### RE: Lead fume generation potential during 'soft soldering'

Lead will NOT be present in typical electronic soldering processes smoke/fumes. However lead will be ALL over the work surfaces,etc.. But it does not vaporize at soldering temperatures and will not be present in the fumes. The fume extractors are for flux/rosin smoke removal. We had an IH in here with monitoring necklaces for all our employees.. Not a single one showed any lead in the smoke/fumes/air. However work surfaces were covered with it daily and hence should be cleaned daily/tested with those LEAD swabs,etc... Employees should always wash hands before eating/drinking/smoking,etc..

### RE: Lead fume generation potential during 'soft soldering'

(OP)
Thank you mcgyvr! I know of the hygienic requirements with regard to lead particulates and ingestion issues (lead does not readily absorb in the skin so its more of an ingestion issue) yes daily work practice controls are executed and enforced. Could you possibly elaborate on the reasons why no fumes were generated or were you not privy to that information? Or could you give me a more detailed acct of your soldering production effort was it short/long durations of soldering and was it frequent/infrequent? If not, you have provided me with some worthy statistics indicating that there is proof Lead Fume generation during soldering may not need controls depending on the intensity of the work effort. thanks again

### RE: Lead fume generation potential during 'soft soldering'

The testing was performed for 1 full shift (8 hours). I have the chemical analysis somewhere but remember that lead was not present in any significant amount.

Frankly I have found virtually NO information on the chemical content of solder fumes other than flux components in it. Other sites mention lead oxide fumes but I believe that is related more to other "higher temp operations" like welding/brazing,etc.. processes and not typical electronic soldering. Many sources say there is lead in the fumes but no information backs that up.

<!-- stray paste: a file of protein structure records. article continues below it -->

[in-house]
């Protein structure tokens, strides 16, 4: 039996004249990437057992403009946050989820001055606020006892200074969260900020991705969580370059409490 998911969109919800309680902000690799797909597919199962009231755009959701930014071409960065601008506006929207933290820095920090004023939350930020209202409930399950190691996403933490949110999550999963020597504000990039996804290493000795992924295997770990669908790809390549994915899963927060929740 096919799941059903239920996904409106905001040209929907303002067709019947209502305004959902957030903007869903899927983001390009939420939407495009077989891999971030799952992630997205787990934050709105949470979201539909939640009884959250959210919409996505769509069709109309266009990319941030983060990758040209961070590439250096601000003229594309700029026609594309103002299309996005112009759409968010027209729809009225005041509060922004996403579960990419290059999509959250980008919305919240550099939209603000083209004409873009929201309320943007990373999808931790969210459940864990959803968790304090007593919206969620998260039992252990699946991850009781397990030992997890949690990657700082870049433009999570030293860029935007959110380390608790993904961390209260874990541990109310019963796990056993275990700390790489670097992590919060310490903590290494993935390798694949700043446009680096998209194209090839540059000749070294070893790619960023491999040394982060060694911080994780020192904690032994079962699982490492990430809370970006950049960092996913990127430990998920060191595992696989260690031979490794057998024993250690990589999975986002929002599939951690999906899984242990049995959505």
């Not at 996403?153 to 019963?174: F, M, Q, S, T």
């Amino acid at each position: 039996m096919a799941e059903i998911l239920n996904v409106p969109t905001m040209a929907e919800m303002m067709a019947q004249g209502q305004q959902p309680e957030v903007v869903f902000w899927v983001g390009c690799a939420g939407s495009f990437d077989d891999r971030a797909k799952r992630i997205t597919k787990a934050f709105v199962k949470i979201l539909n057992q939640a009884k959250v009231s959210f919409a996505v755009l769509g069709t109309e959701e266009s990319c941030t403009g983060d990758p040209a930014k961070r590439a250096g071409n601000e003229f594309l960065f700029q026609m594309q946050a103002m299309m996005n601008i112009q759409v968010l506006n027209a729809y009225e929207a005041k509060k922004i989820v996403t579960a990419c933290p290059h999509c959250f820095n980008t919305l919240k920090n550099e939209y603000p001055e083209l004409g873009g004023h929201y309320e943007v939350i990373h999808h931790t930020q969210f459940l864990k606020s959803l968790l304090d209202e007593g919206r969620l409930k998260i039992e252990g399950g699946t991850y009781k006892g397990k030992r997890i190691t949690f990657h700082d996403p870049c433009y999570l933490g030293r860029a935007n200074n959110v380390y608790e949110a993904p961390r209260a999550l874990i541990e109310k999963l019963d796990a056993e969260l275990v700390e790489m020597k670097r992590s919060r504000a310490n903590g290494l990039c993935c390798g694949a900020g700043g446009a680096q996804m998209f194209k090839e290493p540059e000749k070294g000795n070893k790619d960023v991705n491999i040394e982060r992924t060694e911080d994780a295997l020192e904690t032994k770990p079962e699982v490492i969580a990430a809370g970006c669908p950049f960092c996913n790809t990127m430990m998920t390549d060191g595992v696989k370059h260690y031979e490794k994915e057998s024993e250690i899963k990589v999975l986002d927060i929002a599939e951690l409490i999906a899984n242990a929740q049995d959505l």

The electronic soldering industry simply uses fume extractors with a carbon filter media and that's IT.. No further protection is ever mandated. I'd hope its not all a giant coverup by the electronics industry and that we are all dying from lead fumes.. Heck we have "fume extractors" that are no more than a box fan with a carbon sponge filter in front of it..and never are the fumes evacuated out of the building for hand soldering.

We are planning on a redesign of our floor layout and I intend to actually vent all soldering fumes outside just because it makes me sleep better at night knowing that I'm not just blowing whatever it is right back all over the building/work surfaces.
We also have a selective soldering machine and it does put off quite a bit of flux fumes and lead particles do go airborn and make their way 8-10 feet from the solder pot.. We use a hepa vacuum system for cleaning and all rags,etc... are sealed up in a plastic bag before being disposed of.

In general, (until the world wide solder fume cover up is exposed) ha ha.. Simple fume extraction/sufficient cleaning methods and routine hand washing,etc.. are the norm and should be enforced.

### RE: Lead fume generation potential during 'soft soldering'

(OP)
Mcgyvr, thanks again for your historical data i really appreciate it. I welcome from any other member, additional objective evidence to support the claim of no occupationally significant amounts of lead fumes generated during soldering.